* Q2 loss/shr $0.41 vs EPS $0.03 year-ago
* Q2 revenue $67.4 mln, down 6 pct
* Says in talks to secure longer-term refinancing solutions
* Fund’s units slump, touch record low
* Bankruptcy an option - analyst (Adds CEO comments from conf call, updates unit price movement)
By Gowri Jayakumar
BANGALORE, Aug 12 (Reuters) - Arctic Glacier Income Fund AG_u.TO warned that its future depended on the support of its lenders, as antitrust issues and bad weather pushed the packaged ice maker to a quarterly loss, sending its unit price to a record low.
“The fund’s ability to continue as a going concern is dependent upon successfully negotiating longer-term covenant relief with our lenders,” Chief Executive Keith McMahon said on a conference call.
The Winnipeg, Manitoba-based fund posted a second-quarter loss and said sales fell 6 percent to $67.4 million as it struggled with bad weather and rising competition. Better weather last month was favorable for packaged ice sales, it said.
“However, there is no assurance this will continue throughout our peak selling season or if it will be sufficient to resolve the covenant breach,” McMahon said.
The company, which had a working capital deficiency of $284.9 million at end-June, said its most pressing current issue was to continue active discussions with lenders to secure a longer-term refinancing solution.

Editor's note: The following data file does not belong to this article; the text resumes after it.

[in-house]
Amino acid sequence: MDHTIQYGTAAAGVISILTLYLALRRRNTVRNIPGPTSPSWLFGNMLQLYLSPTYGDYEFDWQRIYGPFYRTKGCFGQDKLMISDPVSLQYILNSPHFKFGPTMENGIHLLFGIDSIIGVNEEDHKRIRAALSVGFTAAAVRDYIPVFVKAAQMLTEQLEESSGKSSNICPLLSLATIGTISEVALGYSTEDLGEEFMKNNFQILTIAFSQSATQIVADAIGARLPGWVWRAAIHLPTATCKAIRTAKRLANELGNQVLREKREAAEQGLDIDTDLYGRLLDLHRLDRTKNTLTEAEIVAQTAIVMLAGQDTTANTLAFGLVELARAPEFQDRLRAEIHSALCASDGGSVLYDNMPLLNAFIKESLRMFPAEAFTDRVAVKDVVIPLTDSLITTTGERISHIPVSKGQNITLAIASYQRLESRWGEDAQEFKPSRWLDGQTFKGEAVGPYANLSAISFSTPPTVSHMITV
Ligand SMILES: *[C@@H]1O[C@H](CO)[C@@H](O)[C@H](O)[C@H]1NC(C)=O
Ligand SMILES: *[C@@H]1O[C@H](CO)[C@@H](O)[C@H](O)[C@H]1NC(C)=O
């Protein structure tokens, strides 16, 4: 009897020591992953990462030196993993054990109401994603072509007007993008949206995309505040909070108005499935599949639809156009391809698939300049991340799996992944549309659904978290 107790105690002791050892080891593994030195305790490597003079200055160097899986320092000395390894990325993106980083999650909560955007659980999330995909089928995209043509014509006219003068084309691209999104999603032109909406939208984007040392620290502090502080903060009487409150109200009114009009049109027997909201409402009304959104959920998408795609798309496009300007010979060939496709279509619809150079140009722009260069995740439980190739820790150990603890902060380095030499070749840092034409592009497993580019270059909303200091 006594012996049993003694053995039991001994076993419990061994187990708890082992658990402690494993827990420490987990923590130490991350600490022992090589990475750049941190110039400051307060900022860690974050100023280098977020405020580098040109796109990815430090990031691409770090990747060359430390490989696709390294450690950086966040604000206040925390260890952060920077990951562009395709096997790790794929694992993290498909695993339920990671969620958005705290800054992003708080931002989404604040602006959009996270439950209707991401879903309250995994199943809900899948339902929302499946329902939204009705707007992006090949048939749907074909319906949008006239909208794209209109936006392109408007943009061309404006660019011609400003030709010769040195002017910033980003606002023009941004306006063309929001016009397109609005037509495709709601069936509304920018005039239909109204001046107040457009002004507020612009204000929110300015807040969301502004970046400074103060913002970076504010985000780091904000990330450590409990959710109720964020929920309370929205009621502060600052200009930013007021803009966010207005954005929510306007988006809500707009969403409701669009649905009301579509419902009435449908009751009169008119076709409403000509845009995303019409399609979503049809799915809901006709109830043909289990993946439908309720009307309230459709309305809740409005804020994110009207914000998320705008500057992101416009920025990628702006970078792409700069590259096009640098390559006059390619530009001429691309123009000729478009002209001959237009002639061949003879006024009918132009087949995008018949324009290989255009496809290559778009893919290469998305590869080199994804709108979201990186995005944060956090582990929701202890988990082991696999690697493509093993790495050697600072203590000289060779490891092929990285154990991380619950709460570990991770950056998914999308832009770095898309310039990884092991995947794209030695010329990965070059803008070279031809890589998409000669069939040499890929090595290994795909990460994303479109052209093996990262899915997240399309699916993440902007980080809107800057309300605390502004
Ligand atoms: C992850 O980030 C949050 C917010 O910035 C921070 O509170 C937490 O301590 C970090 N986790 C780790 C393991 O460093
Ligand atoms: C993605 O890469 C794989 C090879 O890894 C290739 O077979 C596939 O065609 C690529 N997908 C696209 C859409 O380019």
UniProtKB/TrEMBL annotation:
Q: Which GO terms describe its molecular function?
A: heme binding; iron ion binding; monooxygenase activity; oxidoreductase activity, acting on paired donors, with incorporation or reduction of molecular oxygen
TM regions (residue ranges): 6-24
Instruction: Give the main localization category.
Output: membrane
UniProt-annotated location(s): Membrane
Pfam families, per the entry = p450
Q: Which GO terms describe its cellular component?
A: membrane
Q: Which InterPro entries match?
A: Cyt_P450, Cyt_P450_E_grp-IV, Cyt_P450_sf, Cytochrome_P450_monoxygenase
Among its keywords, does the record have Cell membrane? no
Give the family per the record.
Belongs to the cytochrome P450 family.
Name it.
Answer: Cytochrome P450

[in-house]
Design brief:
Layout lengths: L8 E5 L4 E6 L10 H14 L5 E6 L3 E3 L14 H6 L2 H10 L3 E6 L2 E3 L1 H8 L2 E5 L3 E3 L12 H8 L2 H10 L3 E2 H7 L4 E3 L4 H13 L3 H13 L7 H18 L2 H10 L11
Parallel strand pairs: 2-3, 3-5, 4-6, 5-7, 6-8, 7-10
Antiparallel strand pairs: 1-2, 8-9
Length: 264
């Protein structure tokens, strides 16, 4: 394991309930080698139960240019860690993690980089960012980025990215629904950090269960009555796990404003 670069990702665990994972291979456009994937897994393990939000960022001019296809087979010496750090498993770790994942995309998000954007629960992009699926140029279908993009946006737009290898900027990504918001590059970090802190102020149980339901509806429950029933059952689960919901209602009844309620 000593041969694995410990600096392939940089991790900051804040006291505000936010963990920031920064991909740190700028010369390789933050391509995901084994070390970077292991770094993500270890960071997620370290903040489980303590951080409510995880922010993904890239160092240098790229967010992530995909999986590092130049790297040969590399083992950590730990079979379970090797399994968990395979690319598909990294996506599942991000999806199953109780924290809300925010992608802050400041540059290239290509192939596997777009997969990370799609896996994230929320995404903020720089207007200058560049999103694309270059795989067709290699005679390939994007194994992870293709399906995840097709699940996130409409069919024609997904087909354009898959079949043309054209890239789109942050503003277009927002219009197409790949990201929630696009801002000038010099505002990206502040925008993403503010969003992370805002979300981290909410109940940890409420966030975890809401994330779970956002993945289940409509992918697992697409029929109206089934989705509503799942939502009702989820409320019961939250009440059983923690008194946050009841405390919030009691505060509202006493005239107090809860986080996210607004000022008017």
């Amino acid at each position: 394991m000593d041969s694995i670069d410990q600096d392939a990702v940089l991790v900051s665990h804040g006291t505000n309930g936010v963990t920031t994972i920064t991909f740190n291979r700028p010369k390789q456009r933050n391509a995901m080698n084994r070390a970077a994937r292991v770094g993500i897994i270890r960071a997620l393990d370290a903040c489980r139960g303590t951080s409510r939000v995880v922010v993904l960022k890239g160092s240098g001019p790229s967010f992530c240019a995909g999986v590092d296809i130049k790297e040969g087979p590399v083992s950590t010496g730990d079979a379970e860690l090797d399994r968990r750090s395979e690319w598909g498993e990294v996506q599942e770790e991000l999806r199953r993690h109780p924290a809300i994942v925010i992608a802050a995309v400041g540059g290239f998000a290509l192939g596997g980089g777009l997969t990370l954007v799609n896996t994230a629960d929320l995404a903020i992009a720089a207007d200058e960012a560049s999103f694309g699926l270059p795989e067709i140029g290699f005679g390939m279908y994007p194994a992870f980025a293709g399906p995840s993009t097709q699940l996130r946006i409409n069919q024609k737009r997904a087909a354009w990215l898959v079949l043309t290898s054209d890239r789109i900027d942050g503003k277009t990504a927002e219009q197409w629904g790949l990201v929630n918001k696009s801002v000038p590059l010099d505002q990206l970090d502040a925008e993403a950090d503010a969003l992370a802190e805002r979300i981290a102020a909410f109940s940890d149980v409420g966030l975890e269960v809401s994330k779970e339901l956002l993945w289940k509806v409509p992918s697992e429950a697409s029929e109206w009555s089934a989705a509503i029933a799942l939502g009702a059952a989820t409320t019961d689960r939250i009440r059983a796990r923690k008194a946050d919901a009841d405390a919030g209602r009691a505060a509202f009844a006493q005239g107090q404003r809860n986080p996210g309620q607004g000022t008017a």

“If they don’t do that, it’s hard to say what can happen. Bankruptcy is possible,” said Sam Yake, an analyst with BGB Securities.
Last month, Arctic, which was in breach of certain covenants under its credit facilities at end-June, said its lenders waived the need to comply with certain covenants until Sept. 1.
“They need to get a waiver on their term-loans ... they need to permanently fix that situation, and then the company should be okay. But it’s not clear if they can do that,” said Yake, one of the few analysts still covering the company.
Arctic, which also had to refinance C$90.6 million ($91.4 million) in convertible debentures before their end-July maturity, has this month issued 311.3 million units to debenture holders as it was unable to get an extension to the debentures.
“Although this has significantly reduced the fund’s debt burden, it has had a material adverse effect on the fund’s unit price,” McMahon said.
Arctic units, which have lost nearly all their value in the past four years, halved to a life low of 7.5 Canadian cents on Friday on the Toronto Stock Exchange.
The North American packaged ice industry has been under fire since 2007, when the U.S. government zeroed in on Reddy Ice , Arctic, and privately-owned Home City Ice, for an alleged conspiracy to eliminate smaller competition and keep retail prices higher than market levels.
Arctic had said it could proceed with its strategic review, which it began last September, once it had resolved most of its antitrust and litigation issues.
“Still ongoing are a number of state investigations to determine if state antitrust laws have been broken, although there has not been any movement in this for some time,” Arctic said in a statement.
The company posted a second-quarter loss of $16.1 million, or 41 cents a share, versus a year-earlier profit of $1.1 million, or 3 cents a share. (Reporting by Gowri Jayakumar in Bangalore, Editing by Ian Geoghegan)